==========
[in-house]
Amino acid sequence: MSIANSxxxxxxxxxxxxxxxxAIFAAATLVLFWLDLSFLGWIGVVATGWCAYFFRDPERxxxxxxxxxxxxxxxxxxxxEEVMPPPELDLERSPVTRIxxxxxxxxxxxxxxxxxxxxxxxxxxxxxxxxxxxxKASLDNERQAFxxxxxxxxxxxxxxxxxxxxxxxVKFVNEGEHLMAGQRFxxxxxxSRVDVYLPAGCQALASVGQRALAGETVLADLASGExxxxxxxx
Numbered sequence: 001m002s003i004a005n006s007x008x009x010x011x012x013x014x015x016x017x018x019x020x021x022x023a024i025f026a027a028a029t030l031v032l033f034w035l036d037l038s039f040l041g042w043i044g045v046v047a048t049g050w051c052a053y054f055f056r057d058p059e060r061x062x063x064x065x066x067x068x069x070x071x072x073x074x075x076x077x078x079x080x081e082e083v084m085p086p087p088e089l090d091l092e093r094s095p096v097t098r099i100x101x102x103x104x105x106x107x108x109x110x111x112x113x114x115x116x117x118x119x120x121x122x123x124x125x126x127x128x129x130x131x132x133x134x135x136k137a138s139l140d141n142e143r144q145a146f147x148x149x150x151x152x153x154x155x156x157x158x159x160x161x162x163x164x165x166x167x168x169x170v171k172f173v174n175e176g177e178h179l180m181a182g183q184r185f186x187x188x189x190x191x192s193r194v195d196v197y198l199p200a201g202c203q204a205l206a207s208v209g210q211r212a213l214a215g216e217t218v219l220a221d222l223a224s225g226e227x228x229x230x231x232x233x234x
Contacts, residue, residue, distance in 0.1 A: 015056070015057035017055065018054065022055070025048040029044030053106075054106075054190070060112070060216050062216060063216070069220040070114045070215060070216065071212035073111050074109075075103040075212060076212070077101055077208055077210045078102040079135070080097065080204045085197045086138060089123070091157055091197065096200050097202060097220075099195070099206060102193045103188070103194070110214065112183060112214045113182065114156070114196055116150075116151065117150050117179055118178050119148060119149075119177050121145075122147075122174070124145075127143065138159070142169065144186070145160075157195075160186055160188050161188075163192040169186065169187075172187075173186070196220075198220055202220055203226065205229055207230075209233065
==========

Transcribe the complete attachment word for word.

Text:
[in-house]
Amino acid sequence: MSIANSxxxxxxxxxxxxxxxxAIFAAATLVLFWLDLSFLGWIGVVATGWCAYFFRDPERxxxxxxxxxxxxxxxxxxxxEEVMPPPELDLERSPVTRIxxxxxxxxxxxxxxxxxxxxxxxxxxxxxxxxxxxxKASLDNERQAFxxxxxxxxxxxxxxxxxxxxxxxVKFVNEGEHLMAGQRFxxxxxxSRVDVYLPAGCQALASVGQRALAGETVLADLASGExxxxxxxx
Numbered sequence: 001m002s003i004a005n006s007x008x009x010x011x012x013x014x015x016x017x018x019x020x021x022x023a024i025f026a027a028a029t030l031v032l033f034w035l036d037l038s039f040l041g042w043i044g045v046v047a048t049g050w051c052a053y054f055f056r057d058p059e060r061x062x063x064x065x066x067x068x069x070x071x072x073x074x075x076x077x078x079x080x081e082e083v084m085p086p087p088e089l090d091l092e093r094s095p096v097t098r099i100x101x102x103x104x105x106x107x108x109x110x111x112x113x114x115x116x117x118x119x120x121x122x123x124x125x126x127x128x129x130x131x132x133x134x135x136k137a138s139l140d141n142e143r144q145a146f147x148x149x150x151x152x153x154x155x156x157x158x159x160x161x162x163x164x165x166x167x168x169x170v171k172f173v174n175e176g177e178h179l180m181a182g183q184r185f186x187x188x189x190x191x192s193r194v195d196v197y198l199p200a201g202c203q204a205l206a207s208v209g210q211r212a213l214a215g216e217t218v219l220a221d222l223a224s225g226e227x228x229x230x231x232x233x234x
Contacts, residue, residue, distance in 0.1 A: 015056070015057035017055065018054065022055070025048040029044030053106075054106075054190070060112070060216050062216060063216070069220040070114045070215060070216065071212035073111050074109075075103040075212060076212070077101055077208055077210045078102040079135070080097065080204045085197045086138060089123070091157055091197065096200050097202060097220075099195070099206060102193045103188070103194070110214065112183060112214045113182065114156070114196055116150075116151065117150050117179055118178050119148060119149075119177050121145075122147075122174070124145075127143065138159070142169065144186070145160075157195075160186055160188050161188075163192040169186065169187075172187075173186070196220075198220055202220055203226065205229055207230075209233065